The easing of rules for the registration of new vehicles earlier in the year had prompted a rapid increase in the number of new motorbikes and cars on the city’s roads.

The city now had more than 2 million motorbikes and 200,000 cars and the new registration rules meant the numbers were unlikely to fall soon, Nhanh said.

The city also had many roads under construction with work way behind schedule.

Nhanh said measures to control the traffic chaos had included the doubling of registration fees for second vehicles; increased penalties for traffic violations and more and regular traffic patrols.

More patrols would force people to honour traffic laws that were usually ignored when drivers and riders thought they could avoid doing so.

The city administrators had proposed staggered hours for all workers and students but it was not known when the new system would be introduced.

HCM City

Similar jams are happening in HCM City where on many roads people can walk faster than those travelling by vehicle.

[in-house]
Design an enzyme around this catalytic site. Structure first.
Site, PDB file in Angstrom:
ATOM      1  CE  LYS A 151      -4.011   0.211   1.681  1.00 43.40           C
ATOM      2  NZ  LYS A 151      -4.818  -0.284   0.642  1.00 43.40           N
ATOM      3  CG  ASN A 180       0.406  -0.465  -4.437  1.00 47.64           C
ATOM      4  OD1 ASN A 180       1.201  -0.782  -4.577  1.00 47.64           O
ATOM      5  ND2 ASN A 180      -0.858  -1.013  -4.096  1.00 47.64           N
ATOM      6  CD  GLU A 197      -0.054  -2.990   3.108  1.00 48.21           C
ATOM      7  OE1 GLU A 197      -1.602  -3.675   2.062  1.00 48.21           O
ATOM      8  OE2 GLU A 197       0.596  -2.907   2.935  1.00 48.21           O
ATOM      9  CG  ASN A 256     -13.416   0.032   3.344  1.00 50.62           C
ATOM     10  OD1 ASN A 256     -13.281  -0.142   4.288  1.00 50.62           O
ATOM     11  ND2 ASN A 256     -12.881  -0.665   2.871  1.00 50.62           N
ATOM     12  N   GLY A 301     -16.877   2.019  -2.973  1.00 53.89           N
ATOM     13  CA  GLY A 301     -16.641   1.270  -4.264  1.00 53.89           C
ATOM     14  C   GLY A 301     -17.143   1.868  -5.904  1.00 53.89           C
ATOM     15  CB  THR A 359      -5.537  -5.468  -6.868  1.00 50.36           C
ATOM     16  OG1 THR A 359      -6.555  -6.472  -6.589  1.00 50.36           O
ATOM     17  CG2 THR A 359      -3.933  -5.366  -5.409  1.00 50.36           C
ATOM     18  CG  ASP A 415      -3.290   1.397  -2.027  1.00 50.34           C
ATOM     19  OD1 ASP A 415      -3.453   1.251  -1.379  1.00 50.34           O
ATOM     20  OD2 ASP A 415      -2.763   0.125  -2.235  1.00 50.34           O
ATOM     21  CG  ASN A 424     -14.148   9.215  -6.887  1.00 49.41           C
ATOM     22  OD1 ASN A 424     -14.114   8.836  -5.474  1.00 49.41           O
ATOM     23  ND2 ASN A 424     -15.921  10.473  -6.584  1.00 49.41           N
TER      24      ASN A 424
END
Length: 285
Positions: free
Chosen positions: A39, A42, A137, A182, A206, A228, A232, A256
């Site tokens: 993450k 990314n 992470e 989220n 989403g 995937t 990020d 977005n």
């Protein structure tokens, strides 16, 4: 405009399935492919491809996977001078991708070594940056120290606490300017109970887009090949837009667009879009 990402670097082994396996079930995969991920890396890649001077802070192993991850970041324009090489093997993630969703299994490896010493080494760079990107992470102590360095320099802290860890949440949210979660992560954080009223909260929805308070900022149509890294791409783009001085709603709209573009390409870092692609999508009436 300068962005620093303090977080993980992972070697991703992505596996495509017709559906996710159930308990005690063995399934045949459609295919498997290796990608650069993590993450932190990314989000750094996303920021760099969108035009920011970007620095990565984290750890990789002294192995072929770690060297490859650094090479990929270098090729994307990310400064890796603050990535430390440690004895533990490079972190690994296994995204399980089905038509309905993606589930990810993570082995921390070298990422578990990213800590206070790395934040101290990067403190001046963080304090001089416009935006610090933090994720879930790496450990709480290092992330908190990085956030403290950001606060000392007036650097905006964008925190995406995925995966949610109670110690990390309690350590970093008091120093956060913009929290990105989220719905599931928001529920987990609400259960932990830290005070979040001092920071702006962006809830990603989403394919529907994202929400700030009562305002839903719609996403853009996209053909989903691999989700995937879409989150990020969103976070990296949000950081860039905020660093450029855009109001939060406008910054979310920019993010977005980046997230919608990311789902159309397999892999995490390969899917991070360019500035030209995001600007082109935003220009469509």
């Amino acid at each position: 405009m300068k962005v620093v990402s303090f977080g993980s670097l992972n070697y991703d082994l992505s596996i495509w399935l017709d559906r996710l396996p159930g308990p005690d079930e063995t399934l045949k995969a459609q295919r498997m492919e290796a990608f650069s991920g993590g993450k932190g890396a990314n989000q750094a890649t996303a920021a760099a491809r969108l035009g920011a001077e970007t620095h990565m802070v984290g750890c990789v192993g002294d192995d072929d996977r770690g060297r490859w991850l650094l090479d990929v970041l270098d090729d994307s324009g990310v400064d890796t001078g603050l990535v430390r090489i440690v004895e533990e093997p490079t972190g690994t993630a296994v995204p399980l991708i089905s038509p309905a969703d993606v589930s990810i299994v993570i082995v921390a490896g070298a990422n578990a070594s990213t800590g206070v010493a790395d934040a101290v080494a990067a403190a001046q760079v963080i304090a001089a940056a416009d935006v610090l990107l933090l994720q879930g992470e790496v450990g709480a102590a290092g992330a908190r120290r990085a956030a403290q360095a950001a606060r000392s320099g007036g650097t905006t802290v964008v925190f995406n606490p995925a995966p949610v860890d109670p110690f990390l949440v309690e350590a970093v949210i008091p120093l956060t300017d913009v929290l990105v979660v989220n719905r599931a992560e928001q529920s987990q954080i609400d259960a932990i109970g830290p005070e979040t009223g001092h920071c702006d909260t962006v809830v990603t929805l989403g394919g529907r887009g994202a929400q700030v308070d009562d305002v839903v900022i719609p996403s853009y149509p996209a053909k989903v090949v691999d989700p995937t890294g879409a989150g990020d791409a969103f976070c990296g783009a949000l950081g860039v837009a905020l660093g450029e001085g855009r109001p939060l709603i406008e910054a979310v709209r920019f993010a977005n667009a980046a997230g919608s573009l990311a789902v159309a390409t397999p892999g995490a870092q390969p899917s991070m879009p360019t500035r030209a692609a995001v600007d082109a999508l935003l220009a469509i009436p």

The Transport and Public Works Department reports that rush-hour traffic averages 3kph compared with 6-8kph off-peak.

The HCM City People’s Committee says transport infrastructure is overburdened from an increasing number of vehicles and by the number of immigrants who arrive each month to look for work.

Road Traffic Police say 280,000 motorbikes and 20,000 cars were registered in the first eight months of this year taking the number of vehicles travelling the city’s roads to 3.5 million.

Road building, or widening, including work on the drainage system, has contributed to the traffic jams.

Financial loss

Yearly financial losses from traffic jams will continue to grow, warns the dean of the HCM City University of Technology’s Transportation Technology Department, Pham Xuan Mai.

The prevailing yearly estimate was VND14,000 billion, about US$875 million, represented by lost time at work, medical costs due to pollution, and loss of profits.

Many city businesses say they lose money because of traffic bottlenecks.